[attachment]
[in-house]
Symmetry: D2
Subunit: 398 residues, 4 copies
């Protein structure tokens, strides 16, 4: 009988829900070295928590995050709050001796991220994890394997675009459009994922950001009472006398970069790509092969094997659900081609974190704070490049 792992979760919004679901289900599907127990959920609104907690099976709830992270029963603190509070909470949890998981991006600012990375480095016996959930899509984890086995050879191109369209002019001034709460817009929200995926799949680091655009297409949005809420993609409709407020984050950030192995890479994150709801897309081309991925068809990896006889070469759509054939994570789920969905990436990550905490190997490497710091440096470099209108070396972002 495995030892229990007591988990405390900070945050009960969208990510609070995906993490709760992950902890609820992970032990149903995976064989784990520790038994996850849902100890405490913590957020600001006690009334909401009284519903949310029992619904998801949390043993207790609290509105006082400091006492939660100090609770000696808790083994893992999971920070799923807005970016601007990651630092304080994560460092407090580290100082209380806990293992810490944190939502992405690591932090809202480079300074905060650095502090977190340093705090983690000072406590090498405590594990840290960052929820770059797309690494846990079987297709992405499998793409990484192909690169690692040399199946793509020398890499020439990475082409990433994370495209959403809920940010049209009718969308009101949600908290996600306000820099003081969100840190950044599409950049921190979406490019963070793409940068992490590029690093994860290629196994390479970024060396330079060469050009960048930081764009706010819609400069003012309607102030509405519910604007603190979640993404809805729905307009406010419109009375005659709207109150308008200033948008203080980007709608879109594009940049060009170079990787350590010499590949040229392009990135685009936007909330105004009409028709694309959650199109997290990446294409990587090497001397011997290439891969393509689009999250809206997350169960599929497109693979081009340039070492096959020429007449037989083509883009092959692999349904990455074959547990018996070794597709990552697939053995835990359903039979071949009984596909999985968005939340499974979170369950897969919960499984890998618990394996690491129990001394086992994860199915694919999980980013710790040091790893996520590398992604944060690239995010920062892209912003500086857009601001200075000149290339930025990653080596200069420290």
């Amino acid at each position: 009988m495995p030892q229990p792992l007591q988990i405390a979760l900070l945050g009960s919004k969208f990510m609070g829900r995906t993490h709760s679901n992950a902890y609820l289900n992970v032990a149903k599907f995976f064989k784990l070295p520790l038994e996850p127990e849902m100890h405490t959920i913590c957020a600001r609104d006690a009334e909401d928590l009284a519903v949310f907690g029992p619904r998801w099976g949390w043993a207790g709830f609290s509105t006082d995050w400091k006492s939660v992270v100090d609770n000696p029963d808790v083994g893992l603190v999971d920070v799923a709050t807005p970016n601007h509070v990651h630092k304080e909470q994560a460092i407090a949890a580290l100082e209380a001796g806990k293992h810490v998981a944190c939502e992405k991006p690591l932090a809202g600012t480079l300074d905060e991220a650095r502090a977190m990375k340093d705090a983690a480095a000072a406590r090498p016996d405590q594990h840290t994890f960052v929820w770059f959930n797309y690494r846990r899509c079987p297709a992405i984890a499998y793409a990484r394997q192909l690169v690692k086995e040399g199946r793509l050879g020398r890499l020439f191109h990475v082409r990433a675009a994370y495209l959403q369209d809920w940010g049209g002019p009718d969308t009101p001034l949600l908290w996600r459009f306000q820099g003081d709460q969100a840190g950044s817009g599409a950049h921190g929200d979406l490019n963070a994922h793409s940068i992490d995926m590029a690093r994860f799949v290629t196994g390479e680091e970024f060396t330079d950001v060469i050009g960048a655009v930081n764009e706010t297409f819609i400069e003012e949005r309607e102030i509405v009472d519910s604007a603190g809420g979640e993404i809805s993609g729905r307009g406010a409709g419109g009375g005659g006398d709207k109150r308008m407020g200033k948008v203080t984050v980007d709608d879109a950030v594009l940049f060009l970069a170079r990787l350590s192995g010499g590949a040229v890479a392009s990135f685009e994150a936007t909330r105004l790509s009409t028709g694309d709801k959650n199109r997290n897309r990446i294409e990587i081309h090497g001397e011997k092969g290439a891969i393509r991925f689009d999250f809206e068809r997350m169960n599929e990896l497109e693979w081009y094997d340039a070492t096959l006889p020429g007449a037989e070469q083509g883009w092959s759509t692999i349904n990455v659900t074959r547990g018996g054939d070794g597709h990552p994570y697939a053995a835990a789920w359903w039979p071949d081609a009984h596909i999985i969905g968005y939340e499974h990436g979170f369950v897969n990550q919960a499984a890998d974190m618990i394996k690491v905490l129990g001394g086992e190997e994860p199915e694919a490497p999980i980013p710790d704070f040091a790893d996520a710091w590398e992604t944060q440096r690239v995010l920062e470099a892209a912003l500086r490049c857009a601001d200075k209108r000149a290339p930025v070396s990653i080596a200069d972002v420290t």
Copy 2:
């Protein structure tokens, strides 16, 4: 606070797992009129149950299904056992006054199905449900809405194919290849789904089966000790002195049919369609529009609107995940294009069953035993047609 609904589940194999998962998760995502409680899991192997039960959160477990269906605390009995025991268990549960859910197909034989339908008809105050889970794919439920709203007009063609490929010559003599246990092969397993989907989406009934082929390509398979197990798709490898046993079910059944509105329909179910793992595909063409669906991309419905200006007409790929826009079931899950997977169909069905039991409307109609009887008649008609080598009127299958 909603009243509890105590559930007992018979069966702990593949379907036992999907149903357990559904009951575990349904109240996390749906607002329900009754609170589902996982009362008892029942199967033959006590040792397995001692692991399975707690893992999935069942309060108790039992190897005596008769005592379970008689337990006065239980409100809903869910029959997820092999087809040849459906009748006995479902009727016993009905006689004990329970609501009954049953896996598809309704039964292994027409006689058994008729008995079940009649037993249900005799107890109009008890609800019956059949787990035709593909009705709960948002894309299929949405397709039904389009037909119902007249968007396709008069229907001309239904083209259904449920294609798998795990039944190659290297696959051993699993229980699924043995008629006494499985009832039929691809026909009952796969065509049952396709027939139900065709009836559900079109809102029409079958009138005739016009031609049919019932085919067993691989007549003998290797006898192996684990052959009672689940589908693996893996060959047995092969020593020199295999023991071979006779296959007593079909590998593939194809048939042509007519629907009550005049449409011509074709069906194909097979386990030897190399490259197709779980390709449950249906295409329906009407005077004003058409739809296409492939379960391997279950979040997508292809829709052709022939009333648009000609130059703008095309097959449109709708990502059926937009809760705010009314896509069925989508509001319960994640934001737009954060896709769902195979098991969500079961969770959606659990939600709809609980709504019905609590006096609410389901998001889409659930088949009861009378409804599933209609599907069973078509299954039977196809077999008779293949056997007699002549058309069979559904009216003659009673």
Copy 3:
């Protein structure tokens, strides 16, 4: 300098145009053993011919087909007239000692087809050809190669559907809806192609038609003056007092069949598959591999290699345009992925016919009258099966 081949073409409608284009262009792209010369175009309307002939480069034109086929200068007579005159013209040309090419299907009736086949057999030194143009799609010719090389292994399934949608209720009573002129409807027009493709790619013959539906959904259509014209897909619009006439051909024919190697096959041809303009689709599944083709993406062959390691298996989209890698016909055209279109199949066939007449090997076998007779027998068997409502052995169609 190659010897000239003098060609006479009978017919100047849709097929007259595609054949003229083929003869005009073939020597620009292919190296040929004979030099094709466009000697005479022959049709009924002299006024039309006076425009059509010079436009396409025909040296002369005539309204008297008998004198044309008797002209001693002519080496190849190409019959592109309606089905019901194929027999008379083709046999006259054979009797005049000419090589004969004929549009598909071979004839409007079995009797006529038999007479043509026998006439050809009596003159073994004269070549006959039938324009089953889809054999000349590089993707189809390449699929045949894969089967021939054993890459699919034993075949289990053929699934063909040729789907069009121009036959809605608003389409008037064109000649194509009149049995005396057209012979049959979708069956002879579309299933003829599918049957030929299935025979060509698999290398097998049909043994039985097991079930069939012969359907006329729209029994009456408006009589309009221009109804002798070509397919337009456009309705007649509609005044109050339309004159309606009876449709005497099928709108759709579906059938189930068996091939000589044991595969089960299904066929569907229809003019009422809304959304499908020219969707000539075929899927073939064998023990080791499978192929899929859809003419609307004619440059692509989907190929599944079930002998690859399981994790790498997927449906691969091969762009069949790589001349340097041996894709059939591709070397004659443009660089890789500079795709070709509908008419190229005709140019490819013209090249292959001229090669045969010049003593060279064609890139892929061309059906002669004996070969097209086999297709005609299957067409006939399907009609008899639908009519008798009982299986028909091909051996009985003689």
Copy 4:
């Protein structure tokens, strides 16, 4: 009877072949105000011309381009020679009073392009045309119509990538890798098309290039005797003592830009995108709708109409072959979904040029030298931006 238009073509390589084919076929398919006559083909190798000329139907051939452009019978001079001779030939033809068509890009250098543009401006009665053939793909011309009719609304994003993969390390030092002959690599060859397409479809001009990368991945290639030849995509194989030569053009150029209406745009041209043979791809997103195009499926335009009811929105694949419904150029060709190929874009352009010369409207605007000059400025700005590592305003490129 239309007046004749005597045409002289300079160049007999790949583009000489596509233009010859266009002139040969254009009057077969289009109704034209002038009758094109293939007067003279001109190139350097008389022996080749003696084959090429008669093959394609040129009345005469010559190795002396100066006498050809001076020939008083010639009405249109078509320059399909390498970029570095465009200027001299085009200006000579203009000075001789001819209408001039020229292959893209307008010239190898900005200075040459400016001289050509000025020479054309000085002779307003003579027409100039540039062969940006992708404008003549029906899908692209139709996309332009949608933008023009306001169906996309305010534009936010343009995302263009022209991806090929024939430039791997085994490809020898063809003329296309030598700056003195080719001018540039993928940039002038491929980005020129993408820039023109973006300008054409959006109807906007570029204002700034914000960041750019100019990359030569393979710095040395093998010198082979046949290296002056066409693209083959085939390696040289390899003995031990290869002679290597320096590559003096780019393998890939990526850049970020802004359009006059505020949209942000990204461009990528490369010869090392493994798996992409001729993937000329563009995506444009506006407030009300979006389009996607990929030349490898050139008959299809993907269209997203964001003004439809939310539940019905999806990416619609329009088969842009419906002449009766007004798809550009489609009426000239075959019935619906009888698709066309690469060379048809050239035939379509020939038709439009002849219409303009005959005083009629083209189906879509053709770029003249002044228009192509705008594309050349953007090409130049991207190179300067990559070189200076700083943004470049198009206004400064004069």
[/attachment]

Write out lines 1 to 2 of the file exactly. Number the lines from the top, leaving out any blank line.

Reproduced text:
[in-house]
Symmetry: D2